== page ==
Students expressed concern at the prospect that CRDs may not be housed in first-year dorms. Smith Abbott described the “live in” or “live on” options for CRDs. “Live in” refers to the current CRA apartments, while “live on” refers to other types of on campus housing that is outside of the dorms. “We want to create a structure where [CRDs] are absolutely kept on call, even during the middle of the night when [First Year Counselors] or [Residential Advisers] need to turn to them, or when a first-year student may need to find them … We would never put FYCs in a position where they didn’t feel like they had a competent, trained and in this case Master’s level person to whom they could lean on,” she said.

Student Concerns

Several students expressed concern toward a lack of communication and transparency from the administration in advance of such decisions such as the transition to a meal plan and the development of the CRD. Smith Abbott responded by emphasizing her commitment to working on effective communication. “I think poor communication or feeling that students have of deep frustration that we’re intentionally keeping information from you is definitely not the culture that any of us wants to perpetuate,” she said.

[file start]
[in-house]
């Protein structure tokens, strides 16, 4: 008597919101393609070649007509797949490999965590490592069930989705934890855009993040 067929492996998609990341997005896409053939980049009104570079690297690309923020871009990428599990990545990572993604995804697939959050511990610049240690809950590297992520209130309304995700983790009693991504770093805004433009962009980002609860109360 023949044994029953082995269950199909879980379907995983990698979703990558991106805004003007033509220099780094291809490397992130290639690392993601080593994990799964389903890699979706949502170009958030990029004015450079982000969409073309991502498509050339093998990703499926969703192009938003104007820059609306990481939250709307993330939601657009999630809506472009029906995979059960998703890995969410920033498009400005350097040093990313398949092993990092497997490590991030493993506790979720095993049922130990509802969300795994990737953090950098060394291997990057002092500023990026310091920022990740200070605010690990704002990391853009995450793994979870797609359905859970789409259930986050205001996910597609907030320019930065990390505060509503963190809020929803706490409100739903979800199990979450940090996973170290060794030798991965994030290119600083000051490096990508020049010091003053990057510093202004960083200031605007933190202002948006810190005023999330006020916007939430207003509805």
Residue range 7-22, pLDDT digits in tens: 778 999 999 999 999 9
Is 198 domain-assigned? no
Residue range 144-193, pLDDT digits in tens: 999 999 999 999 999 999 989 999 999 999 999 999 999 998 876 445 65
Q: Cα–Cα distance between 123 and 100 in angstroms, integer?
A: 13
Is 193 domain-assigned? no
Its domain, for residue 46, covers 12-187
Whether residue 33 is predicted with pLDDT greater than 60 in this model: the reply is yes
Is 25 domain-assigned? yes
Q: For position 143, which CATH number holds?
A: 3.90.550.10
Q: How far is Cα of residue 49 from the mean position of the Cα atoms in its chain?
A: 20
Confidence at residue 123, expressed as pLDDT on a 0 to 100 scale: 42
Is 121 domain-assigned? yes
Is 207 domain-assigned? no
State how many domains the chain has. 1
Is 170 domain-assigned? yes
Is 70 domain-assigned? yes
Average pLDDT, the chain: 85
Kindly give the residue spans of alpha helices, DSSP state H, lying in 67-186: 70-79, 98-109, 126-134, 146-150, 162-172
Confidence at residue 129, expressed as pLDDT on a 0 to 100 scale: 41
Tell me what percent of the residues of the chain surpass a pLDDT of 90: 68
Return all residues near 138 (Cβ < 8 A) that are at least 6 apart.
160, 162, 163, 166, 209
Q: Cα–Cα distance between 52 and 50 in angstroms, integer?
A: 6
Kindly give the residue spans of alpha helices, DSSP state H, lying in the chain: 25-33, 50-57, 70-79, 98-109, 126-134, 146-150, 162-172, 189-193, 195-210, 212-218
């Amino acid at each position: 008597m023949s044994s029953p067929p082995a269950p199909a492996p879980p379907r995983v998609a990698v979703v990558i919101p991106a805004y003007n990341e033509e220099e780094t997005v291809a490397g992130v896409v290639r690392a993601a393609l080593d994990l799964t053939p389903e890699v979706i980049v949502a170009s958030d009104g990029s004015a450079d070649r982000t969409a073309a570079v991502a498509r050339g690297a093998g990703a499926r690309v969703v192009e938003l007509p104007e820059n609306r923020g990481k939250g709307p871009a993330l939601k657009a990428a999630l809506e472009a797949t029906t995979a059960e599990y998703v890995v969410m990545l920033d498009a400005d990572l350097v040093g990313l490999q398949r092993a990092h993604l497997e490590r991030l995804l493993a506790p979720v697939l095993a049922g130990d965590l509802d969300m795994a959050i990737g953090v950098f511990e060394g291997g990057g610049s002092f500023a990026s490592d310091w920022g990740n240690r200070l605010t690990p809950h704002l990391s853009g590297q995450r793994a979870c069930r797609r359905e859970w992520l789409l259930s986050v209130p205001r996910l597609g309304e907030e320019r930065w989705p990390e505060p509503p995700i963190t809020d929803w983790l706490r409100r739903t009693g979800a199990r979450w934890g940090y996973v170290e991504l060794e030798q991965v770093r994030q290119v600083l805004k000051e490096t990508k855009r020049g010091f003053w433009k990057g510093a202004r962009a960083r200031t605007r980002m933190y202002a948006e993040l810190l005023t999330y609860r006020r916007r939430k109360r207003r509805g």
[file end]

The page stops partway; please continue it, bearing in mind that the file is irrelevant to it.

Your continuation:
Many students acknowledged the benefit of having open forums such as these in which multiple representatives of the administration are in attendance.

In an email in the following days after the event, Smith Abbott wrote, “I am very grateful for the student turnout last Wednesday, and I am committed to scheduling an open forum at least once a semester. I think last week’s gathering confirmed that this is an effective mechanism for opening up more dialogue between students and administrators…I am eager to hear more from students about the best ways to communicate when changes or new initiatives are in the planning stages. I have scheduled a number of conversations with students on this topic, and would be happy to make time for more.”